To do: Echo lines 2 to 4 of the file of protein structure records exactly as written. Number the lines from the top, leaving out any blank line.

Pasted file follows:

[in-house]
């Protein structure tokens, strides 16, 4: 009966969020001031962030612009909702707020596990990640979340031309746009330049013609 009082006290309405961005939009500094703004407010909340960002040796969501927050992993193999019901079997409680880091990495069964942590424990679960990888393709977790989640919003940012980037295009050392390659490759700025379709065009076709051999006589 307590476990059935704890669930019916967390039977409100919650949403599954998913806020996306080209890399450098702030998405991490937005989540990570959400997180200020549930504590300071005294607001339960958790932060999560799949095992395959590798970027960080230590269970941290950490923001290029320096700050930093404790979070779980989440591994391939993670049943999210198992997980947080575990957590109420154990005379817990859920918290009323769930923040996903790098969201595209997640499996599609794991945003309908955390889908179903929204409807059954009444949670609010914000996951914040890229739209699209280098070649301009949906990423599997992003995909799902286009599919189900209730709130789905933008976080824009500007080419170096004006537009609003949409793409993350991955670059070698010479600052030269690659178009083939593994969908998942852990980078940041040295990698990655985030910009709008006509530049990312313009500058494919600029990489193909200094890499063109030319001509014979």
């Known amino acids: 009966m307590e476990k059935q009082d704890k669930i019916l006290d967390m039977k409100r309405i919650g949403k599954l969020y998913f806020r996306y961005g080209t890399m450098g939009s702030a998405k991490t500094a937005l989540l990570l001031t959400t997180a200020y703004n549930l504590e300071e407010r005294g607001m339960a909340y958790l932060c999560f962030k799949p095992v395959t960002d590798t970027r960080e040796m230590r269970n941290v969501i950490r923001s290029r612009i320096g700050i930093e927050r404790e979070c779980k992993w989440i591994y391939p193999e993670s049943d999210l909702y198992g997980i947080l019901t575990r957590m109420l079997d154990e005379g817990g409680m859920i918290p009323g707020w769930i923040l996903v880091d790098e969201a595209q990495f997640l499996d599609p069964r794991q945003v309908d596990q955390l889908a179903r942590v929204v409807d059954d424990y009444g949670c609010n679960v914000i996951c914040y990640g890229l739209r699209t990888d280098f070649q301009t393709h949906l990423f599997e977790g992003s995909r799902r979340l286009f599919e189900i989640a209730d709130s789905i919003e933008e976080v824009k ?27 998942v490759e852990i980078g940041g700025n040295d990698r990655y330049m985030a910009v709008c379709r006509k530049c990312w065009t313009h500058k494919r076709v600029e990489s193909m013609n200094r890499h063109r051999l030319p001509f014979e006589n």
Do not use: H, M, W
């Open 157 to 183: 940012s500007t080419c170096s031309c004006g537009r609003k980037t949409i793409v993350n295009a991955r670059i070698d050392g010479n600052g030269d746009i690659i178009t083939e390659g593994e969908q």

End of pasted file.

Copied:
């Protein structure tokens, strides 16, 4: 009966969020001031962030612009909702707020596990990640979340031309746009330049013609 009082006290309405961005939009500094703004407010909340960002040796969501927050992993193999019901079997409680880091990495069964942590424990679960990888393709977790989640919003940012980037295009050392390659490759700025379709065009076709051999006589 307590476990059935704890669930019916967390039977409100919650949403599954998913806020996306080209890399450098702030998405991490937005989540990570959400997180200020549930504590300071005294607001339960958790932060999560799949095992395959590798970027960080230590269970941290950490923001290029320096700050930093404790979070779980989440591994391939993670049943999210198992997980947080575990957590109420154990005379817990859920918290009323769930923040996903790098969201595209997640499996599609794991945003309908955390889908179903929204409807059954009444949670609010914000996951914040890229739209699209280098070649301009949906990423599997992003995909799902286009599919189900209730709130789905933008976080824009500007080419170096004006537009609003949409793409993350991955670059070698010479600052030269690659178009083939593994969908998942852990980078940041040295990698990655985030910009709008006509530049990312313009500058494919600029990489193909200094890499063109030319001509014979």
């Known amino acids: 009966m307590e476990k059935q009082d704890k669930i019916l006290d967390m039977k409100r309405i919650g949403k599954l969020y998913f806020r996306y961005g080209t890399m450098g939009s702030a998405k991490t500094a937005l989540l990570l001031t959400t997180a200020y703004n549930l504590e300071e407010r005294g607001m339960a909340y958790l932060c999560f962030k799949p095992v395959t960002d590798t970027r960080e040796m230590r269970n941290v969501i950490r923001s290029r612009i320096g700050i930093e927050r404790e979070c779980k992993w989440i591994y391939p193999e993670s049943d999210l909702y198992g997980i947080l019901t575990r957590m109420l079997d154990e005379g817990g409680m859920i918290p009323g707020w769930i923040l996903v880091d790098e969201a595209q990495f997640l499996d599609p069964r794991q945003v309908d596990q955390l889908a179903r942590v929204v409807d059954d424990y009444g949670c609010n679960v914000i996951c914040y990640g890229l739209r699209t990888d280098f070649q301009t393709h949906l990423f599997e977790g992003s995909r799902r979340l286009f599919e189900i989640a209730d709130s789905i919003e933008e976080v824009k ?27 998942v490759e852990i980078g940041g700025n040295d990698r990655y330049m985030a910009v709008c379709r006509k530049c990312w065009t313009h500058k494919r076709v600029e990489s193909m013609n200094r890499h063109r051999l030319p001509f014979e006589n």
Do not use: H, M, W